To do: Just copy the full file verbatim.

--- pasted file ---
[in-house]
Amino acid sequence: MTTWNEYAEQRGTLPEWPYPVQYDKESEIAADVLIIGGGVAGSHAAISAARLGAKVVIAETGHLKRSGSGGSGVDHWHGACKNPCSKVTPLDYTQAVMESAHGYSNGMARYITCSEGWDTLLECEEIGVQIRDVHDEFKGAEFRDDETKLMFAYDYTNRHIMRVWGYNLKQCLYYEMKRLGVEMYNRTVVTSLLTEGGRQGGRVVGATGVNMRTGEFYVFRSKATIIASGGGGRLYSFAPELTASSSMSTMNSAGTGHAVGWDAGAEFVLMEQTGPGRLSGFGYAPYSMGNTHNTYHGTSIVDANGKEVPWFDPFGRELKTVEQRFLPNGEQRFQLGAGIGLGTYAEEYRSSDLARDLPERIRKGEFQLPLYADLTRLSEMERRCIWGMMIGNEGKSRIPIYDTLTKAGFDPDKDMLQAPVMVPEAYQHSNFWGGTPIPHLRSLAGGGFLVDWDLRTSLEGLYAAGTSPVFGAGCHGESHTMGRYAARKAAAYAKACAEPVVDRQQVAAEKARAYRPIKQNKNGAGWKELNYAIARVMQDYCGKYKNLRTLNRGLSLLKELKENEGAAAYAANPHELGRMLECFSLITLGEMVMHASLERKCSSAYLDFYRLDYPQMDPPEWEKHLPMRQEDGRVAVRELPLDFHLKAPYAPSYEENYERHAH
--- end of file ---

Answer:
[in-house]
Amino acid sequence: MTTWNEYAEQRGTLPEWPYPVQYDKESEIAADVLIIGGGVAGSHAAISAARLGAKVVIAETGHLKRSGSGGSGVDHWHGACKNPCSKVTPLDYTQAVMESAHGYSNGMARYITCSEGWDTLLECEEIGVQIRDVHDEFKGAEFRDDETKLMFAYDYTNRHIMRVWGYNLKQCLYYEMKRLGVEMYNRTVVTSLLTEGGRQGGRVVGATGVNMRTGEFYVFRSKATIIASGGGGRLYSFAPELTASSSMSTMNSAGTGHAVGWDAGAEFVLMEQTGPGRLSGFGYAPYSMGNTHNTYHGTSIVDANGKEVPWFDPFGRELKTVEQRFLPNGEQRFQLGAGIGLGTYAEEYRSSDLARDLPERIRKGEFQLPLYADLTRLSEMERRCIWGMMIGNEGKSRIPIYDTLTKAGFDPDKDMLQAPVMVPEAYQHSNFWGGTPIPHLRSLAGGGFLVDWDLRTSLEGLYAAGTSPVFGAGCHGESHTMGRYAARKAAAYAKACAEPVVDRQQVAAEKARAYRPIKQNKNGAGWKELNYAIARVMQDYCGKYKNLRTLNRGLSLLKELKENEGAAAYAANPHELGRMLECFSLITLGEMVMHASLERKCSSAYLDFYRLDYPQMDPPEWEKHLPMRQEDGRVAVRELPLDFHLKAPYAPSYEENYERHAH